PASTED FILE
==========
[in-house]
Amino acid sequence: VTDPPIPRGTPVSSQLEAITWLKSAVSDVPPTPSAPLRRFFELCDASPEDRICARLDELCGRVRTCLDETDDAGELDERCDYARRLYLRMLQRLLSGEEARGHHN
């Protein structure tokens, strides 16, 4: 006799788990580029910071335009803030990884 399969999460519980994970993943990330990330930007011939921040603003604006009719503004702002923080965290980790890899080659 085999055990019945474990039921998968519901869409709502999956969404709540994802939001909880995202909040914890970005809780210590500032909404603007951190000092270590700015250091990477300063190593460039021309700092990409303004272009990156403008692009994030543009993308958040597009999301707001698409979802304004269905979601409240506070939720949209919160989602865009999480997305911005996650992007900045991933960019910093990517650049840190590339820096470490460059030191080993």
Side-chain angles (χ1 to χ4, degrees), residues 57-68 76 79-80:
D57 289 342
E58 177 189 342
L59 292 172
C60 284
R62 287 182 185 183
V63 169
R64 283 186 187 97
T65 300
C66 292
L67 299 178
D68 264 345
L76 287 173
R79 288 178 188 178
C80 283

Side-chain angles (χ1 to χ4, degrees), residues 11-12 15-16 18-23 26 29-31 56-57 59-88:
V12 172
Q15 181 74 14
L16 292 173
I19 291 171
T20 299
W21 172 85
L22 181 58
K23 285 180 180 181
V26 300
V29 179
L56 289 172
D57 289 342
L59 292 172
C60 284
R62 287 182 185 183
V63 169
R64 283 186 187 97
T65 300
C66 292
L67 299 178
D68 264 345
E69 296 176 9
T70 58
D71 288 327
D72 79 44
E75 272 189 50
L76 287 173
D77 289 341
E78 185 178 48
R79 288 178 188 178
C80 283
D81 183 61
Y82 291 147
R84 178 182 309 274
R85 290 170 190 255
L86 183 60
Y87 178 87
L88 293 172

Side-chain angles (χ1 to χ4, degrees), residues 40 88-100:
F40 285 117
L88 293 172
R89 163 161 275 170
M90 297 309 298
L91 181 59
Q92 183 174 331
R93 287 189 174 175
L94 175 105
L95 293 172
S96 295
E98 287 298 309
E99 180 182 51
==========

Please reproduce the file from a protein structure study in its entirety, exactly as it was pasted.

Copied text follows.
[in-house]
Amino acid sequence: VTDPPIPRGTPVSSQLEAITWLKSAVSDVPPTPSAPLRRFFELCDASPEDRICARLDELCGRVRTCLDETDDAGELDERCDYARRLYLRMLQRLLSGEEARGHHN
């Protein structure tokens, strides 16, 4: 006799788990580029910071335009803030990884 399969999460519980994970993943990330990330930007011939921040603003604006009719503004702002923080965290980790890899080659 085999055990019945474990039921998968519901869409709502999956969404709540994802939001909880995202909040914890970005809780210590500032909404603007951190000092270590700015250091990477300063190593460039021309700092990409303004272009990156403008692009994030543009993308958040597009999301707001698409979802304004269905979601409240506070939720949209919160989602865009999480997305911005996650992007900045991933960019910093990517650049840190590339820096470490460059030191080993």
Side-chain angles (χ1 to χ4, degrees), residues 57-68 76 79-80:
D57 289 342
E58 177 189 342
L59 292 172
C60 284
R62 287 182 185 183
V63 169
R64 283 186 187 97
T65 300
C66 292
L67 299 178
D68 264 345
L76 287 173
R79 288 178 188 178
C80 283

Side-chain angles (χ1 to χ4, degrees), residues 11-12 15-16 18-23 26 29-31 56-57 59-88:
V12 172
Q15 181 74 14
L16 292 173
I19 291 171
T20 299
W21 172 85
L22 181 58
K23 285 180 180 181
V26 300
V29 179
L56 289 172
D57 289 342
L59 292 172
C60 284
R62 287 182 185 183
V63 169
R64 283 186 187 97
T65 300
C66 292
L67 299 178
D68 264 345
E69 296 176 9
T70 58
D71 288 327
D72 79 44
E75 272 189 50
L76 287 173
D77 289 341
E78 185 178 48
R79 288 178 188 178
C80 283
D81 183 61
Y82 291 147
R84 178 182 309 274
R85 290 170 190 255
L86 183 60
Y87 178 87
L88 293 172

Side-chain angles (χ1 to χ4, degrees), residues 40 88-100:
F40 285 117
L88 293 172
R89 163 161 275 170
M90 297 309 298
L91 181 59
Q92 183 174 331
R93 287 189 174 175
L94 175 105
L95 293 172
S96 295
E98 287 298 309
E99 180 182 51